The Photograph

Subé Fountain with gold statue of Winged Victory, built in 1907, Reims, France.


My photo
Current: Danbury, CT, United States
Welcome! A few years ago, I discovered an application that artists employ in their works to bring cultural awareness to their audiences. Having discerned this semiotic theory that applies to literature, music, art, film, and the media, I have devoted the blog, "Theory of Iconic Realism" to explore this theory. The link to the publisher of my book is below. If you or your university would like a copy of this book for your library or if you would like to review it for a scholarly journal, please contact the Edwin Mellen Press at the link listed below. Looking forward to hearing from you!

Thank you for visiting. I hope you will find the information insightful. ~ Dr. Jeanne Iris
To view my page on the Edwin Mellen Press website, please click below:


Recently, I have demonstrated or will demonstrate the application of this theory at the following locations:
April, 2016 @ University of Notre Dame:
A 'Daughter of Attila' Speaks: The Semiotic Theory of Iconic Realism in the Cultural Identity of Irish Celts and Magyars
November, 2016 @ Massachusetts Maritime Academy:
"A Terrible Beauty is Born"...The Semiotic Theory of Iconic Realism and William Butler Yeats' poem, Easter 1916
November 2017 @ Georgetown University:
Harmony of the Spheres and the Semiotic Theory of Iconic Realism in Sydney Owenson's Epistolary Tale, The Wild Irish Girl

Dates pending: I will present the theory of iconic realism at universities and art institutes which have purchased my book.

01 December, 2009

Paul McCartney's 'Blackbird' and Iconic Realism (Click onto this title to view Paul McCartney singing "Blackbird")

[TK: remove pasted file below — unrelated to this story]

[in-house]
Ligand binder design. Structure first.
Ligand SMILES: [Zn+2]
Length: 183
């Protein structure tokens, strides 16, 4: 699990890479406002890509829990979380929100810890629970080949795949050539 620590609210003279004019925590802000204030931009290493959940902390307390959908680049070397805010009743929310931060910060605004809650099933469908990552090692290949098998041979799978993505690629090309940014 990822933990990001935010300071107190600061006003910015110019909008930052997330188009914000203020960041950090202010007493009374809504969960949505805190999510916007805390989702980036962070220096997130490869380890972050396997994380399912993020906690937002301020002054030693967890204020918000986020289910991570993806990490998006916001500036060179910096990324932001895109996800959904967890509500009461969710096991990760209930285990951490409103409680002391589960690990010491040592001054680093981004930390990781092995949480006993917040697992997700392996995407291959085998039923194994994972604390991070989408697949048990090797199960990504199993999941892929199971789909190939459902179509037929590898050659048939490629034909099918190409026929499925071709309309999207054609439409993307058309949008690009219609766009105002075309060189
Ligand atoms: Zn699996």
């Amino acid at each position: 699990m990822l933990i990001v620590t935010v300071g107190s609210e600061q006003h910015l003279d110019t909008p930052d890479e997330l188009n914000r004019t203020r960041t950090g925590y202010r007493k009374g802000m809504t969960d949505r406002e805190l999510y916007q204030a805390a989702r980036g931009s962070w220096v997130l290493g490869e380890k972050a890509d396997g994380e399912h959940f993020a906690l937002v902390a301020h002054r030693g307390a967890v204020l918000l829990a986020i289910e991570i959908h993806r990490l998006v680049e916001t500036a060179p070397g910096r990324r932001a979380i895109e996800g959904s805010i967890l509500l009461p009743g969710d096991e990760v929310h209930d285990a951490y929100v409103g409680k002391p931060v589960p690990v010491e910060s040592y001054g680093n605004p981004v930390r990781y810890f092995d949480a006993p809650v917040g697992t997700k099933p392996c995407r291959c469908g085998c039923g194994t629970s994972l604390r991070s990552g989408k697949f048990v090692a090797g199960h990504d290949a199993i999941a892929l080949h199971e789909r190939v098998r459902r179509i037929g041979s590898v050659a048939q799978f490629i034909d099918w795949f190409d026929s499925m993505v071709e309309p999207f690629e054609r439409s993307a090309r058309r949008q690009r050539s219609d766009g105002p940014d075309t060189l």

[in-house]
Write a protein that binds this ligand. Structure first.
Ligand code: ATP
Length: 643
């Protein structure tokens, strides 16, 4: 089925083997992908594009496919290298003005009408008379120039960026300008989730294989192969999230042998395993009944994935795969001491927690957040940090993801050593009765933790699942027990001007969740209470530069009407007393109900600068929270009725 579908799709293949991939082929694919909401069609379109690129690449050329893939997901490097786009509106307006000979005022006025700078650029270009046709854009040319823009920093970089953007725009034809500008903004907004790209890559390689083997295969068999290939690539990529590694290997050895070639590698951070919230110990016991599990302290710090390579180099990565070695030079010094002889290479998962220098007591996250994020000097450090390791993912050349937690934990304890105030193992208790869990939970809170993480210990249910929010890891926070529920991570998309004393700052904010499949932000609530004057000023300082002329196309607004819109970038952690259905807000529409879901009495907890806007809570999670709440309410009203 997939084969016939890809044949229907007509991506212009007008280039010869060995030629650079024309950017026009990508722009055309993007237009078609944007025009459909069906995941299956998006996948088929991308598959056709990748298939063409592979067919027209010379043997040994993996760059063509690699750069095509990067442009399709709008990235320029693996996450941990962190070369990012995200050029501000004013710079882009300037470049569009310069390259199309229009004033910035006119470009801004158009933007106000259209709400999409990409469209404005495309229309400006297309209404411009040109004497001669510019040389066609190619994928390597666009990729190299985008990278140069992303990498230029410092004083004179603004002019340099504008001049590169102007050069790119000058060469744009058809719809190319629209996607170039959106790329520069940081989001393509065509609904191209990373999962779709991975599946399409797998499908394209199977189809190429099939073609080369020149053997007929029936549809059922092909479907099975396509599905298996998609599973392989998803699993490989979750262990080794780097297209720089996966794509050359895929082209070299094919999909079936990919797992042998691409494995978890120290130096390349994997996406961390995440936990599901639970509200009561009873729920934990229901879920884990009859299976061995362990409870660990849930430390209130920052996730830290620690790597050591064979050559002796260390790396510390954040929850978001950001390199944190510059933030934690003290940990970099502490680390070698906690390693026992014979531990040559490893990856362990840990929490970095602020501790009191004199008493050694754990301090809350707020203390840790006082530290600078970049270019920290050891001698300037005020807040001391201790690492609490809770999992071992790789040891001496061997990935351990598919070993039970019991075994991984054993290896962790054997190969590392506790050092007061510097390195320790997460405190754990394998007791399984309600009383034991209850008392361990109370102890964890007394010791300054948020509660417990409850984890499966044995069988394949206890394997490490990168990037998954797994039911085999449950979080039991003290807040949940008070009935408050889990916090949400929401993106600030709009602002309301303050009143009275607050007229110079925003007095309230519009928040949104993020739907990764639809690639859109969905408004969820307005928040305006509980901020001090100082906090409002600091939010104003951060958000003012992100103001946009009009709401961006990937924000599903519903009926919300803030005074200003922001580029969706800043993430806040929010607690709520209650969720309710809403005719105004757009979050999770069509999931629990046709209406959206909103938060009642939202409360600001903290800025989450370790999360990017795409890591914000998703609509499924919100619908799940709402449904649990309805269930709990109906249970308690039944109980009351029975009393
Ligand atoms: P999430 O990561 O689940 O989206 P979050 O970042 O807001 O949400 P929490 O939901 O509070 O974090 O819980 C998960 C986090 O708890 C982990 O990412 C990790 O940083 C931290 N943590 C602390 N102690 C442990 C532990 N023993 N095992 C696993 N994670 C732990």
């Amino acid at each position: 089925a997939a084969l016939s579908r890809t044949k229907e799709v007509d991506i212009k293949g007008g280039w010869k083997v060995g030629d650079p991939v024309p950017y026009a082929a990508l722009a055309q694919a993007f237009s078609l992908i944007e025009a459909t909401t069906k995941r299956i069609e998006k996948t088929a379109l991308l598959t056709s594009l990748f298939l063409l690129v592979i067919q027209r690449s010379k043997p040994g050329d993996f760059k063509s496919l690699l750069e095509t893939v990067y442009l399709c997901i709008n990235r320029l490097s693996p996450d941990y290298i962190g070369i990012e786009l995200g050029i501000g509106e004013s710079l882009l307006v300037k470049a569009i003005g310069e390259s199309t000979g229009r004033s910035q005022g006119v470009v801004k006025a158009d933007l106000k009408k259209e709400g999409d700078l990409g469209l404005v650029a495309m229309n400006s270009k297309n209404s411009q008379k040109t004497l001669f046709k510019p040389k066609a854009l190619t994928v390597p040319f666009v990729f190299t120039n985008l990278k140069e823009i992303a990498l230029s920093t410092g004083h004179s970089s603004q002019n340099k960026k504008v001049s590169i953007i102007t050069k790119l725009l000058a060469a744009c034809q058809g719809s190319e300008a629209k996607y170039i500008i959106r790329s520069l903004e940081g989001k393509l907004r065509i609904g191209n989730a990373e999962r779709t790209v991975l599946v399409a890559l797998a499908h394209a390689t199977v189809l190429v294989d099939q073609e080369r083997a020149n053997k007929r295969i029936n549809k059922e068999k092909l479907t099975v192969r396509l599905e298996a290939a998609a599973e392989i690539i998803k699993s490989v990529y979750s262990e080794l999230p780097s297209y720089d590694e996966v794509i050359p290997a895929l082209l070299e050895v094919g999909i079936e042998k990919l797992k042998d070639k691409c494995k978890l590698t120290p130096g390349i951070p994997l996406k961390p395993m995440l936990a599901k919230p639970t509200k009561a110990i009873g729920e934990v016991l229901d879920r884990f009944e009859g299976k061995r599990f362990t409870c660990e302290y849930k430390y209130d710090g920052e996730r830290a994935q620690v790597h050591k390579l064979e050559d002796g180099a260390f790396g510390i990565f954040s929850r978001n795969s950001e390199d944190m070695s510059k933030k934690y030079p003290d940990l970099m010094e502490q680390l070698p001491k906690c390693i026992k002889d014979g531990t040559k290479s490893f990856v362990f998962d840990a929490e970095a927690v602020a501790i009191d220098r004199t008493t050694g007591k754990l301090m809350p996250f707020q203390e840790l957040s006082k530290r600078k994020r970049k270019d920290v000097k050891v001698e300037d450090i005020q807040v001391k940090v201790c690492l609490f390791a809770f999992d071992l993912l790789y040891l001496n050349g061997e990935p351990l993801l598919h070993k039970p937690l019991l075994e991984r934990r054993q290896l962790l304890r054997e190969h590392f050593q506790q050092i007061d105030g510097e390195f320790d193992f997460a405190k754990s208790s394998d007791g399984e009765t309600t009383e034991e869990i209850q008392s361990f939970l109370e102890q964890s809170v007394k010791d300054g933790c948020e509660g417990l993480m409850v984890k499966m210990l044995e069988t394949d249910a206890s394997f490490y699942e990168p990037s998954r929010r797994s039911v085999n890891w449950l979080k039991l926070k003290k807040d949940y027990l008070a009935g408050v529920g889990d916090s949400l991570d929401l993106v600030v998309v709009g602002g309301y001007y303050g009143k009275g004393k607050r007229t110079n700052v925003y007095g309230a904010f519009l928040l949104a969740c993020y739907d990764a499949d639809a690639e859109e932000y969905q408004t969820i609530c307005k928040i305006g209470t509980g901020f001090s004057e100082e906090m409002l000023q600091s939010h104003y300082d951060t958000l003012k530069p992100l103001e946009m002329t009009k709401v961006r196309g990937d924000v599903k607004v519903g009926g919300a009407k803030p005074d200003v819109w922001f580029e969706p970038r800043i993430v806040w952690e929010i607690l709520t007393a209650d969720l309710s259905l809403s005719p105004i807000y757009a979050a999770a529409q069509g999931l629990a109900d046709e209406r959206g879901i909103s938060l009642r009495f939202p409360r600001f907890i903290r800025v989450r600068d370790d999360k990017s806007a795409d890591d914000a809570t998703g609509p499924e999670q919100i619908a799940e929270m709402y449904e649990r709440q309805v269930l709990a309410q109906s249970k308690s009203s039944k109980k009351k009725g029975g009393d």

Paul McCartney's song, "Blackbird," is an example of iconic realism. When he composed "Blackbird' in the spring of 1968, the United States was dealing with civil rights issues, the women's movement, the death of Dr. Martin Luther King, and the Vietnam War. Here, McCartney's focus is on the empowerment of the female African-American woman. 
The term 'bird' is an English slang for woman, and the blackbird is a literary symbol for freedom, so this blackbird, singing in the dead of night is the juxtaposition of an iconic, realistic figure in a realistic setting, not usually expected for that icon. McCartney's placement of this figure in this setting brings awareness of the hope for women, particularly African-American women, to find their freedom through equality within a 'sunken eyed' society. 
This simple song, introduced by a brief musical reference to Bach's Bourree, with meter changing from flowing waltz to a steady two-step, brings enlightenment of a cultural need for reform in regard to feminine empowerment in society. To this day, segments of the world's society need to awaken to the message in this song.